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There seem to be a lot of choices for MySQL connection from PHP. I guess they all offer different feature sets. I just want to run a simple query, and so I'm attracted to the simplicity of mysql_connect(). Is this OK or are there any considerations I'm missing

Thhanks

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3 Answers 3

up vote 5 down vote accepted

If you just want to run a simple query, there really is no difference. If you're working on something bigger, use mysqli or PDO instead so you can use it's features. Especially prepared statements is something you really want to use.

I would just forget about the old mysql-library. Mysqli is not harder to use, but it's a big improvement.

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Dealing with prepared statements/results in mysqli can be a pain, esp. in situations where you want to convert the result set to an assoc array. I only recently began using PDO, but I find it easier all around. –  Herbert Sep 27 '11 at 18:30
    
Thanks for all your responses. Right now simplicity is paramount. it's nice to confirm I can go that route and plan a new learning curve at a more appropriate time. Thanks all for your commnts. I appreciate it –  giles Sep 27 '11 at 19:22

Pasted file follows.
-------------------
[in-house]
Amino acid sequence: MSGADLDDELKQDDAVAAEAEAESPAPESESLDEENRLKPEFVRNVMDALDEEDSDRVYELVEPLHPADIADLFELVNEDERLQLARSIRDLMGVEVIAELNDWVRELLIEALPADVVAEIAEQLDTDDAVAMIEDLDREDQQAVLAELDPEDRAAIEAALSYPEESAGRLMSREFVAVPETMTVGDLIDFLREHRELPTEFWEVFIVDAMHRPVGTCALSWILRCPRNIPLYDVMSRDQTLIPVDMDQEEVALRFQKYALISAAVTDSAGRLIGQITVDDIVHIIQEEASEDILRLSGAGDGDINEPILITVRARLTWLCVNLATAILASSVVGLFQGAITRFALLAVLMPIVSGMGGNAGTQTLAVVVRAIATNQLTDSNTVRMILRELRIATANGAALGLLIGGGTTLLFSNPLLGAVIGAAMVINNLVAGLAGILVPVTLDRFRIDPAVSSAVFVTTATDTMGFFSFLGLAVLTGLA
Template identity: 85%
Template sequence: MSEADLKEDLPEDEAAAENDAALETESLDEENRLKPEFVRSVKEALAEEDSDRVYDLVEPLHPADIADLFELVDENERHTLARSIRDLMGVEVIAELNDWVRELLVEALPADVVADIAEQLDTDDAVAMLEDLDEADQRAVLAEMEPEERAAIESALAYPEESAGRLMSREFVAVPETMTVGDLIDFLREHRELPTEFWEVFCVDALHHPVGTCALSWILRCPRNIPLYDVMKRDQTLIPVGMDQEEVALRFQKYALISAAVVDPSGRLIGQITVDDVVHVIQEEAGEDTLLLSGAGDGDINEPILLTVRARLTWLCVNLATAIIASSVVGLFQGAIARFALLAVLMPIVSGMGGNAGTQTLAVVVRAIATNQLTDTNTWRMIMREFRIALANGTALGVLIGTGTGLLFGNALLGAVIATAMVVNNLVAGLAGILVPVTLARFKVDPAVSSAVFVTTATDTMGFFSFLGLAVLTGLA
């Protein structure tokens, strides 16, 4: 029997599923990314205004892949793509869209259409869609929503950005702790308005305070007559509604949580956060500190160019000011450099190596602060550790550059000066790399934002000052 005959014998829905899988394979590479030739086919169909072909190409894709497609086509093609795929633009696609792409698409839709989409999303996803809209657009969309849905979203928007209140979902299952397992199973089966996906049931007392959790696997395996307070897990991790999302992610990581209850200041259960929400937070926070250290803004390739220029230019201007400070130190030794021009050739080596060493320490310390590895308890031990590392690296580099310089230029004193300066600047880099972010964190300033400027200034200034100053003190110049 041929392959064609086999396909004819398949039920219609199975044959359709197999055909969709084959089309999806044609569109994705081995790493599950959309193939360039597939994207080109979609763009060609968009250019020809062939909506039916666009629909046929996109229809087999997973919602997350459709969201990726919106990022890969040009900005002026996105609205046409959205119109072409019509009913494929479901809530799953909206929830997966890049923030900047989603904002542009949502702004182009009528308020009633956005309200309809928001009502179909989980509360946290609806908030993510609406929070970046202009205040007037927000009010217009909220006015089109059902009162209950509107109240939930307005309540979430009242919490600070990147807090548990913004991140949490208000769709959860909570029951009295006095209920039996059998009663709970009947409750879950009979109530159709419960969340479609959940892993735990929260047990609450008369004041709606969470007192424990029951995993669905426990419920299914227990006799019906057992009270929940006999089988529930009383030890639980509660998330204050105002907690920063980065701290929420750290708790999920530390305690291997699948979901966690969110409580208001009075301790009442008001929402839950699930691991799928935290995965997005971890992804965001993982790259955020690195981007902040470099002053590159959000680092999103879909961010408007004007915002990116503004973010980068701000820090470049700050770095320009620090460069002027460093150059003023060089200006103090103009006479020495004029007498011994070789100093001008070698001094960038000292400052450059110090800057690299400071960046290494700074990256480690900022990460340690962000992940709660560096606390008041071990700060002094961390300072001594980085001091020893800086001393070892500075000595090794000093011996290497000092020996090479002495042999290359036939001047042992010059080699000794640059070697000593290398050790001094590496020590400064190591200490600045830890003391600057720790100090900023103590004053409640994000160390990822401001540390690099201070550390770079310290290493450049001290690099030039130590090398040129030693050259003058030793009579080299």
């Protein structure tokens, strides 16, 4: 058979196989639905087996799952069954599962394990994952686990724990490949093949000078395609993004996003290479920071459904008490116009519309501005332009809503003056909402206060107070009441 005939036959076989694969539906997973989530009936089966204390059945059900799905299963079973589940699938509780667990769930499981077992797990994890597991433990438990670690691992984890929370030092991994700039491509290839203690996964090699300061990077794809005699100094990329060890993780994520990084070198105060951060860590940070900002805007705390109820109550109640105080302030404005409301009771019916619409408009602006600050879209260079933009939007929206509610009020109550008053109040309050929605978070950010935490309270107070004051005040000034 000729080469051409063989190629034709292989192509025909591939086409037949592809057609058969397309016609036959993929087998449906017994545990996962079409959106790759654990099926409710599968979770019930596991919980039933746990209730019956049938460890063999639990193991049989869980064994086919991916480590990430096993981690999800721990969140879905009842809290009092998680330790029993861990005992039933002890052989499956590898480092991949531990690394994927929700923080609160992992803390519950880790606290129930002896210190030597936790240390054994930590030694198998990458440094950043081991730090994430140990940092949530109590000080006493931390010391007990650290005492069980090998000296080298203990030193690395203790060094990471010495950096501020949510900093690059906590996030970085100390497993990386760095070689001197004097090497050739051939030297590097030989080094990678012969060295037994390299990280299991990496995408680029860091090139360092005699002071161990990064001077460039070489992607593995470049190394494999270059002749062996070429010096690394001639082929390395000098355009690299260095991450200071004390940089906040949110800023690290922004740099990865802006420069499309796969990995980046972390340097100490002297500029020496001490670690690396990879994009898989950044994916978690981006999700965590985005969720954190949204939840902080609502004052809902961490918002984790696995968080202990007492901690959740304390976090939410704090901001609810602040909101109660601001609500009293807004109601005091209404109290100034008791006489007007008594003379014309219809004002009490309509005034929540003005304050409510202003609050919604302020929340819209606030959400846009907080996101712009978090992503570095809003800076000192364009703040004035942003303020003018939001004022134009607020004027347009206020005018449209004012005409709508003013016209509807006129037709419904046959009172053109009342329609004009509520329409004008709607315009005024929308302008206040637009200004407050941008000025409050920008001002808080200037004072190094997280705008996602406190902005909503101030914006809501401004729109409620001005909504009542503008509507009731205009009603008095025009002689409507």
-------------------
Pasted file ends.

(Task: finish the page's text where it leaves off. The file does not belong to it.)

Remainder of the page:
Use mysqli instead. It has the same simplicity and it is the improved version of mysql_connect

See documentation here.

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Even if you are dealing with a single query or a very simple project, use PDO.
It's how DB stuff it's done nowadays and will likely be done in the future. I think that learning the legacy libraries (mysql, mysqli) is not a good deal right now. The learning curve is quite the same, and with PDO you have a basis for doing anything you want (e.g. changing DBMS).

And, even if you choose to use the legacy, DBMS-bound libraries, please don't use mysql, and do use prepared statements (both mysqli and PDO have them). Don't do stuff like:

mysql_query("SELECT * FROM users WHERE username = '$username' AND password = '$password'");
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Mysqli is not a legacy library, as far as I know. Only mysql is. –  Bv202 Sep 27 '11 at 18:06
    
Not formally declared legacy, I find it a 'legacy' of the past because it is DBMS-bound, whereas we're all moving to DBMS-agnostic libraries. –  gd1 Sep 27 '11 at 18:29

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